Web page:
Saturday, January 24, 2009

The Prime Minister's choices

I recently appeared on Business News Network, discussing the strategic choices facing Stephen Harper as he prepares the upcoming budget. Here is some of the background thinking:

Why Stephen Harper may not cooperate
Tactically, it is not in his best interest

We will likely never know whether Stephen Harper failed to anticipate the formation of the opposition coalition in December, or whether he anticipated the scenario but gave it a low probability of occurring. Either way, examining his strategic decisions from the past give us insights into what he might do on January 27.

Popular opinion seems to be that since his stumble in December, Stephen Harper will be forced to tone down his approach, make concessions, and cooperate with the opposition. But there are sound reasons for exactly the opposite course. Moreover, Harper's retreat in December can be seen as sound tactical thinking, not cooperative politics.

I mapped out the strategic choices that faced Harper after his October reelection to a minority government. The first choice was whether to confront as he had in the past, or cooperate given the election result of yet another minority government.

Although his initial tone was one of cooperation, the December economic statement was obviously confrontational. He made one mistake - he expected the opposition to roll over as they had in the past.

Once the coalition formed, continuing to a confidence vote was too risky, since Harper had inadequate information to make a good tactical decision. He wasn't sure of the public mood, since the economic statement was obviously a direct provocation of the opposition. It wasn't certain the Governor General would call an election (whose outcome was also uncertain.) His first tactical choice was to try to appease the opposition by backing down on several fronts.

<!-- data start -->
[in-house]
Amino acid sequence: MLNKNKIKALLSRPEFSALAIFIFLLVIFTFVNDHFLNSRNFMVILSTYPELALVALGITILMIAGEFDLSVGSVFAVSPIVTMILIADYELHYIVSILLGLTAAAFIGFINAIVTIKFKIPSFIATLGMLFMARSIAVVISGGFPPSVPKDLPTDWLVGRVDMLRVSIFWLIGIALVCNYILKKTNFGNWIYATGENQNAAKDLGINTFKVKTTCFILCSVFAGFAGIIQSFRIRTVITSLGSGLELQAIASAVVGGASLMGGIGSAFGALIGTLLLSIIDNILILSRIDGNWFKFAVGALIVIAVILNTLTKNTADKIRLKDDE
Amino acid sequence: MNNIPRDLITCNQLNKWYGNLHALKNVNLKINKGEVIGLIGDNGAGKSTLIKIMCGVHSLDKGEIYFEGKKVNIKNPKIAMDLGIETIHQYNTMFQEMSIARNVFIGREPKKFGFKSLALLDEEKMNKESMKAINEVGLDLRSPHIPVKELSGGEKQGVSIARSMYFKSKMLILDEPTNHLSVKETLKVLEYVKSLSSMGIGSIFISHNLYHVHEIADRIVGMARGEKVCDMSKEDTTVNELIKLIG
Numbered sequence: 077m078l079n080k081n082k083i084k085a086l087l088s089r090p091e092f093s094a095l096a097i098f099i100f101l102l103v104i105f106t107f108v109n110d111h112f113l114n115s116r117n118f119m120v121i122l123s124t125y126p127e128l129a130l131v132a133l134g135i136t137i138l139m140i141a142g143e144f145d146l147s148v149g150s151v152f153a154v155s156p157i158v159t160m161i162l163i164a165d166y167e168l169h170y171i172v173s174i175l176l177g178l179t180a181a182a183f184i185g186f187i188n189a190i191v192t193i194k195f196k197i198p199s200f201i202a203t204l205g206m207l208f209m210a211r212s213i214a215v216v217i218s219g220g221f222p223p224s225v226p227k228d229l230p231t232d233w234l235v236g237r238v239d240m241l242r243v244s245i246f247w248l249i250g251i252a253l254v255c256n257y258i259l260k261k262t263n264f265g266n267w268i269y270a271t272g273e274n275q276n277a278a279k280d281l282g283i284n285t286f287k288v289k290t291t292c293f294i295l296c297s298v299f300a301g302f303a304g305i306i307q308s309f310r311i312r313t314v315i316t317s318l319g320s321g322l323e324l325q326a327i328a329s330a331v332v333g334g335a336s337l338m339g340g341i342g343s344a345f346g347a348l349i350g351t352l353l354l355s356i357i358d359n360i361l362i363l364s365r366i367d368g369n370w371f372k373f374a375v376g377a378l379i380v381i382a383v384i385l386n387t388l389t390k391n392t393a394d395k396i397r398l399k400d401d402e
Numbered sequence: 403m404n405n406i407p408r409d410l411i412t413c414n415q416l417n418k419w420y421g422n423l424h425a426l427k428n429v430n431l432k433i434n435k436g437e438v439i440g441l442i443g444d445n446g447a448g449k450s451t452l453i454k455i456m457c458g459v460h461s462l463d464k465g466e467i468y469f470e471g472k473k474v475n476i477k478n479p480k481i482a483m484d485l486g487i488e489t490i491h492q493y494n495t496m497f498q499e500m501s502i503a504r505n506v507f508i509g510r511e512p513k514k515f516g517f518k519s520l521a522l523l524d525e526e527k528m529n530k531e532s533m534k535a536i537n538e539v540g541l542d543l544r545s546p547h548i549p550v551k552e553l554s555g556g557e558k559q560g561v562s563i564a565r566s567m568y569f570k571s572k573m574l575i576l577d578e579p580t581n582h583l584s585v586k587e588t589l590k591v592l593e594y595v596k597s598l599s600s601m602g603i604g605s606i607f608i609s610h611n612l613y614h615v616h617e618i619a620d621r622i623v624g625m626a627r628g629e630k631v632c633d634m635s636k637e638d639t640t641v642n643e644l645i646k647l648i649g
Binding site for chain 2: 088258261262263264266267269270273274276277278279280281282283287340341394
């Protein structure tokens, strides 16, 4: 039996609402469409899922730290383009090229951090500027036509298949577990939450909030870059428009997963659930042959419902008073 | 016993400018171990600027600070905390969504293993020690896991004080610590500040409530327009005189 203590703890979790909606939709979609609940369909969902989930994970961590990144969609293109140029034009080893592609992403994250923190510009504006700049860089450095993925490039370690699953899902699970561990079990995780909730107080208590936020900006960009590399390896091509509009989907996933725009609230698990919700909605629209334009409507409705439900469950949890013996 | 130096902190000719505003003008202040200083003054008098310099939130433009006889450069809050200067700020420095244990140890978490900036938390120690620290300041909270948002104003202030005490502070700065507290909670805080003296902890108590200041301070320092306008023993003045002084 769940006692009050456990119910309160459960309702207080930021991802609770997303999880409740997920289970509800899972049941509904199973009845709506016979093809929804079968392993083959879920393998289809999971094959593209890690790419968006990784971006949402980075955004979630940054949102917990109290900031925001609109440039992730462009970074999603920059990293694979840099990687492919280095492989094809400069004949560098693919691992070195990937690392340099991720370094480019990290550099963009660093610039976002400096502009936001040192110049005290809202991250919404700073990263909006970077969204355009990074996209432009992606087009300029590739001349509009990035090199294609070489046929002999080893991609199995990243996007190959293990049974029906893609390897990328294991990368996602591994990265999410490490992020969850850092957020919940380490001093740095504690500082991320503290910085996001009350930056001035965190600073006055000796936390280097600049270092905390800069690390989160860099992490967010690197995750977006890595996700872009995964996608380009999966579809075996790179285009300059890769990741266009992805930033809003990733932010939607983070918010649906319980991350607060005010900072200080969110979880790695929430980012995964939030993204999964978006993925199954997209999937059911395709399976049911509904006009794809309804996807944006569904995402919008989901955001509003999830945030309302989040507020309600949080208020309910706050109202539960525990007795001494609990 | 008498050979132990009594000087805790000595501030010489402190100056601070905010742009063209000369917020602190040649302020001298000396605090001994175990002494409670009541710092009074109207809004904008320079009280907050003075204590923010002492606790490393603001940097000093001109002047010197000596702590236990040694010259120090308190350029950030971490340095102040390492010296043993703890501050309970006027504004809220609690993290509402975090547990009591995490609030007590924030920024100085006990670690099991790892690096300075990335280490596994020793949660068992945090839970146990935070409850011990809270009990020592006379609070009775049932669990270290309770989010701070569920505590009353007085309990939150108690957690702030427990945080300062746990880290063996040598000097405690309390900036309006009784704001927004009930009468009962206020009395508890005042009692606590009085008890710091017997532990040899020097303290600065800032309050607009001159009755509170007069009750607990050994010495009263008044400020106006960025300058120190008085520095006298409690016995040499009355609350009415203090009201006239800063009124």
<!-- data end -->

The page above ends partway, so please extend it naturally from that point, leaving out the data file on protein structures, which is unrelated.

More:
But the opposition didn't quit. Since Harper still didn't know the public mood, he prorogued parliament. Proroguing allowed the Conservatives time to gauge public opinion and paint the coalition as 'un-democratic'. Though there was some risk to proroguing, it was much less that the risk of making decisions without good information.

As we approach January 27, Harper once again faces the choices of cooperation or confrontation, this time with better information. The "obvious" course is to introduce a budget which the opposition Liberals will support. But if that happens, the benefits all go to the Liberals.

If the Conservatives introduce a budget that the Liberals willingly support, several benefits accrue to the Liberals. They can put the unpopular coalition on the back burner; they can take credit for forcing Harper to respond to the economic crisis; they can claim they have the best interests of Canadians in mind; it gives Michael Ignatieff time to build his profile; and last but not least the Conservatives will remain in power during the tough economic times.
On the other hand, if Harper introduces a budget unfriendly to the Liberals, the Liberals have two tough choices. They can hold their noses and vote in favour of the budget, allowing the Conservatives to paint Ignatieff as being the same type of leader as Dion. This also passes the budget that the Conservatives want. The Liberals' other choice is to oppose the budget, leading down several uncertain paths ending up in coalitions or elections.

In these scenarios it is likely the Conservatives would stress that Ignatieff is an unelected leader. If the coalition was re-formed, the Liberals would be constrained in what they could do. It is also uncertain whether the Governor General would allow the coalition to form a government. And if an election is called immediately (either with or without the coalition), it would likely be an unpopular election.

Stephen Harper has shown he will play hardball, in situations where his tactical choices are not nearly as clear as they are now. Those who expect a new, cooperative Harper on January 27 may be in for a surprise.

The lessons for you? Things may not be as obvious as they appear; good strategic decisions depend on good information; and it is important to think things through before jumping to conclusions.

Read More......